Neil Leyton is a man of duality, although he probably wouldn't agree with that statement.
But truthfully, it's easier to imagine this soft-spoken intellectual reading in an upscale caf», rather than throwing microphone stands and engaging in onstage rantings against recent political affairs. However, the local singer-songwriter is more than the sum of his parts, and that's part of what makes talking to him so fascinating: he's spent more than ten years in the Toronto music scene, and the decade's accumulated wisdom shines through.
As well as gigging around town either acoustically or with a full band (though scenesters from mid-90's Toronto might recognize him as being the former frontman of glamrock band The Conscience Pilate), Leyton is quite possibly one of the most ambitious and driven indie record label owners in Toronto. He heads Fading Ways Records, home to such notable artists as The Sinisters, Galore, Red Orkestra, Jim Clements, and many more familiar faces. But many of these musicians are not just names and numbers; to Leyton, they're also his friends.
"I started running Fading Ways more out of necessity back in 1995-96," Leyton says, "and since the beginning I didn't want it to function like any of the other labels out there, so it was more about running it as I saw fit. It's more about having these friends who have bands that need a label to release their music through. It's all about meeting one band through another band, and it's about coming across artists that might be overlooked otherwise. And these artists are always free to move on if they get offered a better deal -- we're not going to hold them to anything. But the bottom line is, if I go out some night and see a band I really like, I'll want to help them get an album out.
"I think everyone should run a music label, because it's a better option than signing yourself to one of the major labels that'll just control you, eat you up, and spit you out."
Almost ten years later, Fading Ways has expanded into a label with over 35 releases and a branch in the United Kingdom, where many of their artists have loyal fanbases. As such, a number of upcoming releases will be exclusive to the UK branch, yet both UK and Canadian releases are coming out on the Creative Commons license. This is Leyton's response to the rapidly growing issue of copyright infringement and the supposedly illegality of online file sharing.
"For them to be suing 12-year-old girls in California for hundreds of thousands of dollars, and their parents have to mortgage their house in order to come to a settlement with the record companies... as far as I'm concerned, that should be illegal," he says. "It's extortion based on a legal misappropriation of the original concept of Copyright. Now, it's not illegal because the governments are in the pockets of the lobby groups of the corporations, so it's nearly impossible for citizens to assert their rights..."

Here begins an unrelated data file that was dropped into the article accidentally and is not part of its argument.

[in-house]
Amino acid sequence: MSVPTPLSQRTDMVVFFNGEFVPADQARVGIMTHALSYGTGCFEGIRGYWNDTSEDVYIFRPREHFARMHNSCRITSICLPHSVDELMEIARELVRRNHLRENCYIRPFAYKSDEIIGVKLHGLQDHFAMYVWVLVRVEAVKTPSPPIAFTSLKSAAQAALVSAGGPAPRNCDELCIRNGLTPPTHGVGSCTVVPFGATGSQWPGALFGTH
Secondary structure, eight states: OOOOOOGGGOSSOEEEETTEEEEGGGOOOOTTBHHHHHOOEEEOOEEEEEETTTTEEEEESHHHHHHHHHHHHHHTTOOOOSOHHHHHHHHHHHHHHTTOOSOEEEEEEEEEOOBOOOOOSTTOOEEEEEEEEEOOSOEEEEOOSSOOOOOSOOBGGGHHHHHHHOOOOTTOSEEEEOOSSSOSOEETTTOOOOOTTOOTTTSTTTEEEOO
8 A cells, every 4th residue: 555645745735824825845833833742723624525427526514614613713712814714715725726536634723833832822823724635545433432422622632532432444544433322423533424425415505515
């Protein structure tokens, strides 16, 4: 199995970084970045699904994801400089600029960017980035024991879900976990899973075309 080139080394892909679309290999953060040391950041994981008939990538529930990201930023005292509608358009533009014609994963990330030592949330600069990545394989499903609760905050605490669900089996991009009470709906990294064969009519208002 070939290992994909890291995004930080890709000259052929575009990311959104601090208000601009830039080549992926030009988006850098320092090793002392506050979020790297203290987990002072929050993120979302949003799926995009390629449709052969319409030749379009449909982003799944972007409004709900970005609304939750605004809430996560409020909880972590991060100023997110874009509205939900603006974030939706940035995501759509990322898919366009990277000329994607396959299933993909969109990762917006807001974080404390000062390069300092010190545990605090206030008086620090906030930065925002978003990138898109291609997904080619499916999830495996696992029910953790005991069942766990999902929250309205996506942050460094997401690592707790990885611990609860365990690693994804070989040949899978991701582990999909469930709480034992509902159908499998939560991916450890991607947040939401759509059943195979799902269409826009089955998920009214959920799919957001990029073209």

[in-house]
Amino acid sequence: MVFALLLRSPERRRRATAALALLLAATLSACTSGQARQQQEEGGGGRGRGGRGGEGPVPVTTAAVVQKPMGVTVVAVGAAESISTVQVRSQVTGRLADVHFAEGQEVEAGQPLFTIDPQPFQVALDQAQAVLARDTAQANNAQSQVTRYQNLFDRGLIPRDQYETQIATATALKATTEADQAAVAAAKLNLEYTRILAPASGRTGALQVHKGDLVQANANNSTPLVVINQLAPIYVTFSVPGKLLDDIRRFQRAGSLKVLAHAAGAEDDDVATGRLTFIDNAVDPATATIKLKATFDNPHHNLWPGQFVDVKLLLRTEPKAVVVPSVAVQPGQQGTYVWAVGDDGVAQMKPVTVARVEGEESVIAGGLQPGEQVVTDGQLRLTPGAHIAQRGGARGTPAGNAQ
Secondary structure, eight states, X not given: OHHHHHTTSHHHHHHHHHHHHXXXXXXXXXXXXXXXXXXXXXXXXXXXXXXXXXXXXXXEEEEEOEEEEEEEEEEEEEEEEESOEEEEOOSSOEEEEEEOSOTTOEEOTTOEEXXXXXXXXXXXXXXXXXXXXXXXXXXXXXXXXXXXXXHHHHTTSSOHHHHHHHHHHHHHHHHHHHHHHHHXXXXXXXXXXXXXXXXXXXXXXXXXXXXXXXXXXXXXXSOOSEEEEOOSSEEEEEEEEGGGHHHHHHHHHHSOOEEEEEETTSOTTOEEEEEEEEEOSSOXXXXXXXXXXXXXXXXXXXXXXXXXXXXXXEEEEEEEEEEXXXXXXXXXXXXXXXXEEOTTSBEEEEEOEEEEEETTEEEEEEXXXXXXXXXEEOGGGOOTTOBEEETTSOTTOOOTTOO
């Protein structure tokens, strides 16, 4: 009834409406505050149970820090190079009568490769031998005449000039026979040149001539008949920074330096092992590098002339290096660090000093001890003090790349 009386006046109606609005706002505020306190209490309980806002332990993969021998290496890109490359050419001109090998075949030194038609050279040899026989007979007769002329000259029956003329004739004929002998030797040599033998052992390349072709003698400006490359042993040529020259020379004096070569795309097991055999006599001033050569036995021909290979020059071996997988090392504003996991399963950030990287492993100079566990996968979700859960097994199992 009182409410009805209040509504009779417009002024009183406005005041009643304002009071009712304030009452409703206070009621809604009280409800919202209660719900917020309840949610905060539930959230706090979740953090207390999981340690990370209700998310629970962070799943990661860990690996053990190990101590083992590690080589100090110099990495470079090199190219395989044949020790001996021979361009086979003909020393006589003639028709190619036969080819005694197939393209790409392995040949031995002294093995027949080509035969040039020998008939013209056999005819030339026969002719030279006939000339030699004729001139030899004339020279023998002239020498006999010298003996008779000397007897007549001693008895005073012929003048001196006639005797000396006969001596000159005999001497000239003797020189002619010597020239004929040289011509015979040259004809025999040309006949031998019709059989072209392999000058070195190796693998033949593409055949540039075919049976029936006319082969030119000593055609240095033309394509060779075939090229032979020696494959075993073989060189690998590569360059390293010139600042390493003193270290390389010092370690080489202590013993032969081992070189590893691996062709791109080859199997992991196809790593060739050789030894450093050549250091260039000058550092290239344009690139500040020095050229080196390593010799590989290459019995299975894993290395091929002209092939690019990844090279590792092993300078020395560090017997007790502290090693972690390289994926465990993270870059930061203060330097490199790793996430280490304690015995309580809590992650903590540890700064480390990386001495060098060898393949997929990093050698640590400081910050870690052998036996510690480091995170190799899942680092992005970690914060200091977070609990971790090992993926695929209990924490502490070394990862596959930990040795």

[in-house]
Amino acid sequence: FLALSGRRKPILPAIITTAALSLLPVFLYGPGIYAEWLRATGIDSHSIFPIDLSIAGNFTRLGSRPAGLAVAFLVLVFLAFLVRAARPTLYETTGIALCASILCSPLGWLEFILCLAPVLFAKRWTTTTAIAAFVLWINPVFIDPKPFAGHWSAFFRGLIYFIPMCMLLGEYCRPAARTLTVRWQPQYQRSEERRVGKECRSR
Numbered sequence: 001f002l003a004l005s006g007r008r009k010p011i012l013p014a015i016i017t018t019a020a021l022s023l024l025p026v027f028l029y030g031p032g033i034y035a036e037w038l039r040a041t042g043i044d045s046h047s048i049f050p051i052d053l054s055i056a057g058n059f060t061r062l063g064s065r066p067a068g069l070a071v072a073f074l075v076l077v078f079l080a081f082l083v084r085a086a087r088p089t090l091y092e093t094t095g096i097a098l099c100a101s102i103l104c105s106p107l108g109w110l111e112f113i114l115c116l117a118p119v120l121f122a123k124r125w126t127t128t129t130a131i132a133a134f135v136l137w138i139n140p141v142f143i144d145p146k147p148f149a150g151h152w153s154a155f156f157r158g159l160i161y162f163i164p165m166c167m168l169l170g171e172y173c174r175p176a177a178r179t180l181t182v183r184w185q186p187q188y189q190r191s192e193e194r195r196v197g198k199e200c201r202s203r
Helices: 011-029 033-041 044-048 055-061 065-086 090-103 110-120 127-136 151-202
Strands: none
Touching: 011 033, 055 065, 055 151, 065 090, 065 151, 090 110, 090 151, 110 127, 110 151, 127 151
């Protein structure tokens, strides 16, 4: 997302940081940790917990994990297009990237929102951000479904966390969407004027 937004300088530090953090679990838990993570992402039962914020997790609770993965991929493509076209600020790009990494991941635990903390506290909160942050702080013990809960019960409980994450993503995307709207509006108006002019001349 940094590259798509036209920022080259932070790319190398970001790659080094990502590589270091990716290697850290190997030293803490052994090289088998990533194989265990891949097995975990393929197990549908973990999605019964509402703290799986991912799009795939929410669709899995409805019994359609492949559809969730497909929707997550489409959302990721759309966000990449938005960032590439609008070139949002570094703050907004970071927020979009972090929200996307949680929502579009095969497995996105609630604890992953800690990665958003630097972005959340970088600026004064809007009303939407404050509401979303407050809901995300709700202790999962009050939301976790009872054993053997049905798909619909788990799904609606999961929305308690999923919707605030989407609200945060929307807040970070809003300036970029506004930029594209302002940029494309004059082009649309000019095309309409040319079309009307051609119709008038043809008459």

He's now into full swing with this subject, a current issue that he's obviously very passionate about. "When copyright was started, it was to ensure that somebody that invents something or creates something benefits from that. But what's happening now is that people aren't benefiting from it at all. It's the corporations that are benefiting, because they're not paying the artists - they're exploiting them! So copyright is going the way of the dinosaurs. It's becoming this outmoded concept." He leans forward, ready to give the solution. "And the way to deal with it now is to go to CopyLeft and the 'some rights reserved' route, which puts control back with the artists instead of the recording industry of America."
Fading Ways is the first label in Canada to adopt this manner of licensing - "maybe even the first label in the world," Leyton notes. To take this sort of revolutionary step isn't beyond Leyton's nature; he's spent most - if not all - of his musical career rebelling against conformity and preformed notions of what popular music ought to be. For this reason, he may never be rich or famous - "Making ends meet is an accomplishment!" he laughs - but it's obvious he'll never sell out or compromise his values.
"There's so much wrong with the world today that I wouldn't want to have kids in it," Leyton says. "But that doesn't mean I can't keep doing my bit to make it a slightly less bad place."
Writer: Caitlin Hotchkiss